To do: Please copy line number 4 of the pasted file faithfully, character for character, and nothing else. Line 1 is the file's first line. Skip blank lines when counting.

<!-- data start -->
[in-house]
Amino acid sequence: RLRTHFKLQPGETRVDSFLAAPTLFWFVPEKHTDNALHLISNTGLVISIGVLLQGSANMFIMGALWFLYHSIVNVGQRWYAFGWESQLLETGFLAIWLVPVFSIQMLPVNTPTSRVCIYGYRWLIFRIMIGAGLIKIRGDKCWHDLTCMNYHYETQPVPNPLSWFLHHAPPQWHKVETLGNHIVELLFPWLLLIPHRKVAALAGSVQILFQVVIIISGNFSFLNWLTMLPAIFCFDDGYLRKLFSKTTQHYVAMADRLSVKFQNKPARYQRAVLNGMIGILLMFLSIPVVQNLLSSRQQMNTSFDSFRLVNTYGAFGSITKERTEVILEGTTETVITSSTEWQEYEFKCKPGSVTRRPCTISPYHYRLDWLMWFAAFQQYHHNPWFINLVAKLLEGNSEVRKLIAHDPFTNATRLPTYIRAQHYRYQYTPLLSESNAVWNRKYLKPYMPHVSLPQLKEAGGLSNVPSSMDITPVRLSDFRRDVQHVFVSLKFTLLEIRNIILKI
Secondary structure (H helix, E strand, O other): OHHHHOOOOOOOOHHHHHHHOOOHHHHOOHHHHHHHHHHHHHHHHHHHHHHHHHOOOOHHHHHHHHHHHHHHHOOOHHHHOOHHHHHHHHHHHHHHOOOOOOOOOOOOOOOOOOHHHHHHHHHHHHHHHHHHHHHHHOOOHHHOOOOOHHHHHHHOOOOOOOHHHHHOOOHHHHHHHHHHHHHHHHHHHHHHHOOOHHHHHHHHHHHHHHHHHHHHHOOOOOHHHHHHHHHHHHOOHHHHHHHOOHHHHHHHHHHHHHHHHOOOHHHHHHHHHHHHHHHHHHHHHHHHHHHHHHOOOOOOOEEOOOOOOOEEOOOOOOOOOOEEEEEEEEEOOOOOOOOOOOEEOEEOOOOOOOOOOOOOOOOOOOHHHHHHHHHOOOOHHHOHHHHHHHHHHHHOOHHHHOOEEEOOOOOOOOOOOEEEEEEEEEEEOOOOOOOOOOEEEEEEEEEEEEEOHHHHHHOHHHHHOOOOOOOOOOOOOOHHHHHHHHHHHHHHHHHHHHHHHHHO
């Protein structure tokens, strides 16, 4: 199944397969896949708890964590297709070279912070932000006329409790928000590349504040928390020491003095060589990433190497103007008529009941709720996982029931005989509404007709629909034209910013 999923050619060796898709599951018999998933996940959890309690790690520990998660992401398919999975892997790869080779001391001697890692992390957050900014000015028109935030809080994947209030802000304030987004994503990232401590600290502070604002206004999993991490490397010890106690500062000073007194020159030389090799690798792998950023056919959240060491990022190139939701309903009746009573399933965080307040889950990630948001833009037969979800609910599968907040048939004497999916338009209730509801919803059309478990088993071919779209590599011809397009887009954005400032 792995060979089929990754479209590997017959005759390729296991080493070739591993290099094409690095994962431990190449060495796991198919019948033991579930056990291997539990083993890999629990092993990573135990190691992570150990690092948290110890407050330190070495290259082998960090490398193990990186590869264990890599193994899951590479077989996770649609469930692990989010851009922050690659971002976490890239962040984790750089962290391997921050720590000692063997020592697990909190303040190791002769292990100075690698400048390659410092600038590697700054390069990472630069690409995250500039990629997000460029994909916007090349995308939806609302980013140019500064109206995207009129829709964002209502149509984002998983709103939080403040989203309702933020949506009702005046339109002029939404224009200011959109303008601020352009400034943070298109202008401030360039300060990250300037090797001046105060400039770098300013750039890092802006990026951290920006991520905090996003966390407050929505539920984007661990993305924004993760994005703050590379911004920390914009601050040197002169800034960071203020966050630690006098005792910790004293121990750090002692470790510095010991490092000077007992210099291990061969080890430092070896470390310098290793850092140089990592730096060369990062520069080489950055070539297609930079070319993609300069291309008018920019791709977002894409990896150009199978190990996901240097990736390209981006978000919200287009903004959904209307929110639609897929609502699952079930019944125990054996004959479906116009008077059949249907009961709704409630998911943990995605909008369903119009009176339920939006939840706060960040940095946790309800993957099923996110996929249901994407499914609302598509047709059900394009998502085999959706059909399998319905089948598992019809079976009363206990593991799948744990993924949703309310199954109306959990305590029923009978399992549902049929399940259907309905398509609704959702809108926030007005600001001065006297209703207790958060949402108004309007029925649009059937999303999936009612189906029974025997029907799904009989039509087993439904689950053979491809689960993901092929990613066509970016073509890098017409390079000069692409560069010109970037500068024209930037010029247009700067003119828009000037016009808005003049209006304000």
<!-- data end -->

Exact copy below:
């Protein structure tokens, strides 16, 4: 199944397969896949708890964590297709070279912070932000006329409790928000590349504040928390020491003095060589990433190497103007008529009941709720996982029931005989509404007709629909034209910013 999923050619060796898709599951018999998933996940959890309690790690520990998660992401398919999975892997790869080779001391001697890692992390957050900014000015028109935030809080994947209030802000304030987004994503990232401590600290502070604002206004999993991490490397010890106690500062000073007194020159030389090799690798792998950023056919959240060491990022190139939701309903009746009573399933965080307040889950990630948001833009037969979800609910599968907040048939004497999916338009209730509801919803059309478990088993071919779209590599011809397009887009954005400032 792995060979089929990754479209590997017959005759390729296991080493070739591993290099094409690095994962431990190449060495796991198919019948033991579930056990291997539990083993890999629990092993990573135990190691992570150990690092948290110890407050330190070495290259082998960090490398193990990186590869264990890599193994899951590479077989996770649609469930692990989010851009922050690659971002976490890239962040984790750089962290391997921050720590000692063997020592697990909190303040190791002769292990100075690698400048390659410092600038590697700054390069990472630069690409995250500039990629997000460029994909916007090349995308939806609302980013140019500064109206995207009129829709964002209502149509984002998983709103939080403040989203309702933020949506009702005046339109002029939404224009200011959109303008601020352009400034943070298109202008401030360039300060990250300037090797001046105060400039770098300013750039890092802006990026951290920006991520905090996003966390407050929505539920984007661990993305924004993760994005703050590379911004920390914009601050040197002169800034960071203020966050630690006098005792910790004293121990750090002692470790510095010991490092000077007992210099291990061969080890430092070896470390310098290793850092140089990592730096060369990062520069080489950055070539297609930079070319993609300069291309008018920019791709977002894409990896150009199978190990996901240097990736390209981006978000919200287009903004959904209307929110639609897929609502699952079930019944125990054996004959479906116009008077059949249907009961709704409630998911943990995605909008369903119009009176339920939006939840706060960040940095946790309800993957099923996110996929249901994407499914609302598509047709059900394009998502085999959706059909399998319905089948598992019809079976009363206990593991799948744990993924949703309310199954109306959990305590029923009978399992549902049929399940259907309905398509609704959702809108926030007005600001001065006297209703207790958060949402108004309007029925649009059937999303999936009612189906029974025997029907799904009989039509087993439904689950053979491809689960993901092929990613066509970016073509890098017409390079000069692409560069010109970037500068024209930037010029247009700067003119828009000037016009808005003049209006304000």